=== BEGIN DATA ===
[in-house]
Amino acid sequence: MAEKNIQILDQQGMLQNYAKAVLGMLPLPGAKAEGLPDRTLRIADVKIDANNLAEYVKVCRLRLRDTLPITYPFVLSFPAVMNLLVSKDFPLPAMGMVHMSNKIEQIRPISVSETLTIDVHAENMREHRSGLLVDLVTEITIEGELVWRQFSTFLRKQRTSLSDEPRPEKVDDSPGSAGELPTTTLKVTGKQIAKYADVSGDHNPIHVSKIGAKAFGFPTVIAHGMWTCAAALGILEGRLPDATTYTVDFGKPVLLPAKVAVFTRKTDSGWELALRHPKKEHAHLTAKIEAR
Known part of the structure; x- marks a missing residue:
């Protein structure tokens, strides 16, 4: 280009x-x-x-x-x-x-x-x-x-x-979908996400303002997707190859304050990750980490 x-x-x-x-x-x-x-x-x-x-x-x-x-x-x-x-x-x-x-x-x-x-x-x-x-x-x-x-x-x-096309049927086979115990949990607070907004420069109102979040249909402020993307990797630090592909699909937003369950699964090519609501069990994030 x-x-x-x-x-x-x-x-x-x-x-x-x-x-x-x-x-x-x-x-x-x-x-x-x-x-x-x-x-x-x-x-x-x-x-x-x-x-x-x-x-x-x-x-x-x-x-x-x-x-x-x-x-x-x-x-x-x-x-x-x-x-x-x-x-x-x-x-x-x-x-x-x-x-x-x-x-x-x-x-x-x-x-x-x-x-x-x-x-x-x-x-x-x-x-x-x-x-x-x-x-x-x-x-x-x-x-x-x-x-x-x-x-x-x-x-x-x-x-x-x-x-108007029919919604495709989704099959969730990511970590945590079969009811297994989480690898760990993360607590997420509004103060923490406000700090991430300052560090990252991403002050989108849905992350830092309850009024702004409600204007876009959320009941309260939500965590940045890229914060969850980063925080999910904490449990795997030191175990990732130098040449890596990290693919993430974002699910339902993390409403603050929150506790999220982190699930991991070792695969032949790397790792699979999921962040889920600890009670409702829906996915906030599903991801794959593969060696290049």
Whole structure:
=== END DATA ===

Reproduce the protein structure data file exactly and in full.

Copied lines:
[in-house]
Amino acid sequence: MAEKNIQILDQQGMLQNYAKAVLGMLPLPGAKAEGLPDRTLRIADVKIDANNLAEYVKVCRLRLRDTLPITYPFVLSFPAVMNLLVSKDFPLPAMGMVHMSNKIEQIRPISVSETLTIDVHAENMREHRSGLLVDLVTEITIEGELVWRQFSTFLRKQRTSLSDEPRPEKVDDSPGSAGELPTTTLKVTGKQIAKYADVSGDHNPIHVSKIGAKAFGFPTVIAHGMWTCAAALGILEGRLPDATTYTVDFGKPVLLPAKVAVFTRKTDSGWELALRHPKKEHAHLTAKIEAR
Known part of the structure; x- marks a missing residue:
């Protein structure tokens, strides 16, 4: 280009x-x-x-x-x-x-x-x-x-x-979908996400303002997707190859304050990750980490 x-x-x-x-x-x-x-x-x-x-x-x-x-x-x-x-x-x-x-x-x-x-x-x-x-x-x-x-x-x-096309049927086979115990949990607070907004420069109102979040249909402020993307990797630090592909699909937003369950699964090519609501069990994030 x-x-x-x-x-x-x-x-x-x-x-x-x-x-x-x-x-x-x-x-x-x-x-x-x-x-x-x-x-x-x-x-x-x-x-x-x-x-x-x-x-x-x-x-x-x-x-x-x-x-x-x-x-x-x-x-x-x-x-x-x-x-x-x-x-x-x-x-x-x-x-x-x-x-x-x-x-x-x-x-x-x-x-x-x-x-x-x-x-x-x-x-x-x-x-x-x-x-x-x-x-x-x-x-x-x-x-x-x-x-x-x-x-x-x-x-x-x-x-x-x-x-108007029919919604495709989704099959969730990511970590945590079969009811297994989480690898760990993360607590997420509004103060923490406000700090991430300052560090990252991403002050989108849905992350830092309850009024702004409600204007876009959320009941309260939500965590940045890229914060969850980063925080999910904490449990795997030191175990990732130098040449890596990290693919993430974002699910339902993390409403603050929150506790999220982190699930991991070792695969032949790397790792699979999921962040889920600890009670409702829906996915906030599903991801794959593969060696290049």
Whole structure: